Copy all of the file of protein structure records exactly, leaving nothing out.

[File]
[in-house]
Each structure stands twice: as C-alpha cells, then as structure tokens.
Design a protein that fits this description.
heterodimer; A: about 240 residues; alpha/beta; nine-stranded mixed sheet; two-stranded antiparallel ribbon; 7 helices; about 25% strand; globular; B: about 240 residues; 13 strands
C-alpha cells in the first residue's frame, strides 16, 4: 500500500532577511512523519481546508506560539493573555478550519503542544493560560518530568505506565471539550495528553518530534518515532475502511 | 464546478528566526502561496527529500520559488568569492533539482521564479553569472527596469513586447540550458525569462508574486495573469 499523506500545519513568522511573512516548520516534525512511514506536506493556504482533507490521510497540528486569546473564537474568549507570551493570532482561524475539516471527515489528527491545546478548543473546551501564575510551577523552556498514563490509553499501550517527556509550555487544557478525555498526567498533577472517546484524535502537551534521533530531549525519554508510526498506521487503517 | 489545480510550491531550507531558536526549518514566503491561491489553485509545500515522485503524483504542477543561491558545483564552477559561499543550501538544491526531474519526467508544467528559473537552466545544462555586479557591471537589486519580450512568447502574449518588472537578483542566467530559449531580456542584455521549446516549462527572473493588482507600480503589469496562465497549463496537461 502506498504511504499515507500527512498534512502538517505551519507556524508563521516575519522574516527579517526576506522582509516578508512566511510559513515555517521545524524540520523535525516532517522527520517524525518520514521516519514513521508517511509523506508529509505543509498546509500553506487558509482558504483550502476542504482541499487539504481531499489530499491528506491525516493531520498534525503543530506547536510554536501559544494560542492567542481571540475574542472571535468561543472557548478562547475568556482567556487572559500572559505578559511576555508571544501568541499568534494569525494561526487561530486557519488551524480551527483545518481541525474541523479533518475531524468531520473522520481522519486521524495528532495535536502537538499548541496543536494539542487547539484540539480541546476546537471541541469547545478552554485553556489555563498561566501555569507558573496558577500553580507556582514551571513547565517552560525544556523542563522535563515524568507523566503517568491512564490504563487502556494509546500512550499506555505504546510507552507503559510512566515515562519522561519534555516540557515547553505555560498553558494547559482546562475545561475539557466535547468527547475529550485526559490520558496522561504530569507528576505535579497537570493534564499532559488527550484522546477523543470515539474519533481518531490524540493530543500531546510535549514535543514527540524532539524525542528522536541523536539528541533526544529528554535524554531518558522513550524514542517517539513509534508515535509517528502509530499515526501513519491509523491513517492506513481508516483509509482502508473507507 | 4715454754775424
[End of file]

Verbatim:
[in-house]
Each structure stands twice: as C-alpha cells, then as structure tokens.
Design a protein that fits this description.
heterodimer; A: about 240 residues; alpha/beta; nine-stranded mixed sheet; two-stranded antiparallel ribbon; 7 helices; about 25% strand; globular; B: about 240 residues; 13 strands
C-alpha cells in the first residue's frame, strides 16, 4: 500500500532577511512523519481546508506560539493573555478550519503542544493560560518530568505506565471539550495528553518530534518515532475502511 | 464546478528566526502561496527529500520559488568569492533539482521564479553569472527596469513586447540550458525569462508574486495573469 499523506500545519513568522511573512516548520516534525512511514506536506493556504482533507490521510497540528486569546473564537474568549507570551493570532482561524475539516471527515489528527491545546478548543473546551501564575510551577523552556498514563490509553499501550517527556509550555487544557478525555498526567498533577472517546484524535502537551534521533530531549525519554508510526498506521487503517 | 489545480510550491531550507531558536526549518514566503491561491489553485509545500515522485503524483504542477543561491558545483564552477559561499543550501538544491526531474519526467508544467528559473537552466545544462555586479557591471537589486519580450512568447502574449518588472537578483542566467530559449531580456542584455521549446516549462527572473493588482507600480503589469496562465497549463496537461 502506498504511504499515507500527512498534512502538517505551519507556524508563521516575519522574516527579517526576506522582509516578508512566511510559513515555517521545524524540520523535525516532517522527520517524525518520514521516519514513521508517511509523506508529509505543509498546509500553506487558509482558504483550502476542504482541499487539504481531499489530499491528506491525516493531520498534525503543530506547536510554536501559544494560542492567542481571540475574542472571535468561543472557548478562547475568556482567556487572559500572559505578559511576555508571544501568541499568534494569525494561526487561530486557519488551524480551527483545518481541525474541523479533518475531524468531520473522520481522519486521524495528532495535536502537538499548541496543536494539542487547539484540539480541546476546537471541541469547545478552554485553556489555563498561566501555569507558573496558577500553580507556582514551571513547565517552560525544556523542563522535563515524568507523566503517568491512564490504563487502556494509546500512550499506555505504546510507552507503559510512566515515562519522561519534555516540557515547553505555560498553558494547559482546562475545561475539557466535547468527547475529550485526559490520558496522561504530569507528576505535579497537570493534564499532559488527550484522546477523543470515539474519533481518531490524540493530543500531546510535549514535543514527540524532539524525542528522536541523536539528541533526544529528554535524554531518558522513550524514542517517539513509534508515535509517528502509530499515526501513519491509523491513517492506513481508516483509509482502508473507507 | 4715454754775424